Very good experiences don't just happen for patients

A new training program for emergency department staff at Rhode Island Hospital teaches communication skills by having staff take part in simulations of real patient experiences. The goal is to improve the patient experience by standardizing both team and patient communication in an emergency department (ED) setting. The program will be presented at the 12th Annual International Meeting on Simulation in Healthcare (IMSH) in San Diego, Calif.

Principal investigator and lead author Lynn Sweeney, M.D., an physician at Rhode Island Hospital, is a member of the hospital's Simulation Center. Sweeney and her colleagues developed Project CLEAR! (Communication Leading to Excellence and Ameliorating Risk) to give structure and consistency to the manner in which staff communicate with each other and with patients. "This is the first program that we know of its kind to combine traditional teamwork with simulation-based customer service training," Sweeney says.

"Excellence in health care is no longer defined merely by the quality of clinical care offered, but also by the superiority of service provided to those who seek care. The importance of has grown over the past decade," she adds. "To be recognized as a top-quality organization, we have to not only provide exceptional care, but our patients and their families have to truly feel how much we care about them."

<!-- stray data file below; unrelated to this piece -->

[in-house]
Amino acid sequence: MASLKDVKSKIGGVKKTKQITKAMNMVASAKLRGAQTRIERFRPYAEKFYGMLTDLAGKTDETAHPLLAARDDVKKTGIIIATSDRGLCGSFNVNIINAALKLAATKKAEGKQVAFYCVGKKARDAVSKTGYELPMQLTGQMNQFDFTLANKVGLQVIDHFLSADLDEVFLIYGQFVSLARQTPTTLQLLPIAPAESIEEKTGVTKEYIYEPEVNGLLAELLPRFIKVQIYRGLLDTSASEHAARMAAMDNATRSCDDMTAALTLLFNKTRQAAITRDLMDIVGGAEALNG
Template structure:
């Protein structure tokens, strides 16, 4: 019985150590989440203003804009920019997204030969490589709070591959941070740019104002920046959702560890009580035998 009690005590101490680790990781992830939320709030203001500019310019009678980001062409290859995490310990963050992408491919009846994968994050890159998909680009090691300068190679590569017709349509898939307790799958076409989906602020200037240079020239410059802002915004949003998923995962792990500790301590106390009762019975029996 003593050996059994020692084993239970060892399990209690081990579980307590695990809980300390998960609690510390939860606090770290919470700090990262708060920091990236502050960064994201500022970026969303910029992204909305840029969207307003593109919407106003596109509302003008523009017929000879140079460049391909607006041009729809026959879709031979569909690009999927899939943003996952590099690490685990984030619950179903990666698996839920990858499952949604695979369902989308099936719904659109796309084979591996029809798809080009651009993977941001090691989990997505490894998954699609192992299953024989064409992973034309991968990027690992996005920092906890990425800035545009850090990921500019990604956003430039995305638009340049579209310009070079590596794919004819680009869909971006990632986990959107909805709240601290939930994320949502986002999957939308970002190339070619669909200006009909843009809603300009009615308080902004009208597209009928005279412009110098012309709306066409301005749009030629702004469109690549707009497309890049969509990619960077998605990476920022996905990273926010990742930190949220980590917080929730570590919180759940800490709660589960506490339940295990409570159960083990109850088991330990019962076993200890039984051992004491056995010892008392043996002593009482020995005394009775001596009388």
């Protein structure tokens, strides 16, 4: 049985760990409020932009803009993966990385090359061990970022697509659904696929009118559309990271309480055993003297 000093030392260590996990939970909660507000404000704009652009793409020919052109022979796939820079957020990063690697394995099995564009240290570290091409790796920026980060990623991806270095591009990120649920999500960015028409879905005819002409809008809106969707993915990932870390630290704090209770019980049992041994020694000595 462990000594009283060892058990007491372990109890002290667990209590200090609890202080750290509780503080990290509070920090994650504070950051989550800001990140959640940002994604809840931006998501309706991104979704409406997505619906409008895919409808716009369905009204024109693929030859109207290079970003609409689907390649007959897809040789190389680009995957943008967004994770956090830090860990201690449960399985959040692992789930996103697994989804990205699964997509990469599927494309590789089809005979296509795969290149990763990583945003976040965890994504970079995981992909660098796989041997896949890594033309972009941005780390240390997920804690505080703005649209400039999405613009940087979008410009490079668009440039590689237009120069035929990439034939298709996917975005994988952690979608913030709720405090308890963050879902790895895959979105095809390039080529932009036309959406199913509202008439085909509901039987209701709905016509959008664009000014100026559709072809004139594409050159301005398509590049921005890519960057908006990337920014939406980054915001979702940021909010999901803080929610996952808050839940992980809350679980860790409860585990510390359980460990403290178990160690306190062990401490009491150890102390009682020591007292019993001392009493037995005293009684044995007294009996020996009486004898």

Project CLEAR! has provided training for a staff of nearly 400, including nurses, physicians, medical assistants and secretaries in one of the busiest emergency departments in the country. The CLEAR! training day includes a 7-hour interactive experience that features three medical simulation scenarios using both standardized patients and high-fidelity manikans, to teach both Crew Resource Management concepts and customer-service. The simulation scenarios are used to elicit specific teaching points that will impact quality of care, safety and service.

The CLEAR! team formed a unique collaboration with the Texas Tech University College of Mass Communications aimed at sustainment of the lessons taught during the training day. The TTU team assisted in designing a logo to give a brand identity to the project, and on creating a variety of visual messaging instruments placed throughout the ED to reinforce the lessons learned during the training. "The goal of the collaboration, in essence, was to create an internal public relations campaign promoting the program's message," Sweeney says.

Sweeney concludes, "We believe Project CLEAR! will have a dramatic impact on the way our ED staff works with patients to provide not only the best possible care, but also an exceptional as well."

Sweeney's principal affiliation is the Alpert School of Medicine at Brown University, where she serves as assistant professor of emergency medicine. The project is funded by a grant from Lifespan's Department of Risk Management and supported by the University Emergency Medicine Foundation, which staffs the emergency departments at Rhode Island, The Miriam and Hasbro Children's hospitals.

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